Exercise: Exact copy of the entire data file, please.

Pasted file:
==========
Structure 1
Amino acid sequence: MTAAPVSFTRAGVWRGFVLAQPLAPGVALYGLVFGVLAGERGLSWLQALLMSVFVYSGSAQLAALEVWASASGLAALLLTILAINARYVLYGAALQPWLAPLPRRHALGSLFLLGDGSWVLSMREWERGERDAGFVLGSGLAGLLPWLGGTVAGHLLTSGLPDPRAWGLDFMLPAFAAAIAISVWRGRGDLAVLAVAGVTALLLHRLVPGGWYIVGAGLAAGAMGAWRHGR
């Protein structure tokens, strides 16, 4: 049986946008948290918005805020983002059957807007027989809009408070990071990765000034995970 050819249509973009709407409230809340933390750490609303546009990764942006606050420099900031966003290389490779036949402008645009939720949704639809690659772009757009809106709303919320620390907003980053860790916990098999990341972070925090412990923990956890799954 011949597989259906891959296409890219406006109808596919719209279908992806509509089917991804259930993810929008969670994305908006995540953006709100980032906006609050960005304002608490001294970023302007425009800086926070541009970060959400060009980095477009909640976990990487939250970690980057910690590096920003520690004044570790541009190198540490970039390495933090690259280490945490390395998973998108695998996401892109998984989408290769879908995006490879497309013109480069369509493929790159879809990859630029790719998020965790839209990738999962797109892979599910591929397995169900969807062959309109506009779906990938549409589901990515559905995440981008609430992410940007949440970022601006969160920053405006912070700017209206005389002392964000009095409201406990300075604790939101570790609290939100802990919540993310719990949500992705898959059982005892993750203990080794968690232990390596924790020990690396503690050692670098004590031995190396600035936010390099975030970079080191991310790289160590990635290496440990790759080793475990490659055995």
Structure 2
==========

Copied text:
Structure 1
Amino acid sequence: MTAAPVSFTRAGVWRGFVLAQPLAPGVALYGLVFGVLAGERGLSWLQALLMSVFVYSGSAQLAALEVWASASGLAALLLTILAINARYVLYGAALQPWLAPLPRRHALGSLFLLGDGSWVLSMREWERGERDAGFVLGSGLAGLLPWLGGTVAGHLLTSGLPDPRAWGLDFMLPAFAAAIAISVWRGRGDLAVLAVAGVTALLLHRLVPGGWYIVGAGLAAGAMGAWRHGR
């Protein structure tokens, strides 16, 4: 049986946008948290918005805020983002059957807007027989809009408070990071990765000034995970 050819249509973009709407409230809340933390750490609303546009990764942006606050420099900031966003290389490779036949402008645009939720949704639809690659772009757009809106709303919320620390907003980053860790916990098999990341972070925090412990923990956890799954 011949597989259906891959296409890219406006109808596919719209279908992806509509089917991804259930993810929008969670994305908006995540953006709100980032906006609050960005304002608490001294970023302007425009800086926070541009970060959400060009980095477009909640976990990487939250970690980057910690590096920003520690004044570790541009190198540490970039390495933090690259280490945490390395998973998108695998996401892109998984989408290769879908995006490879497309013109480069369509493929790159879809990859630029790719998020965790839209990738999962797109892979599910591929397995169900969807062959309109506009779906990938549409589901990515559905995440981008609430992410940007949440970022601006969160920053405006912070700017209206005389002392964000009095409201406990300075604790939101570790609290939100802990919540993310719990949500992705898959059982005892993750203990080794968690232990390596924790020990690396503690050692670098004590031995190396600035936010390099975030970079080191991310790289160590990635290496440990790759080793475990490659055995």
Structure 2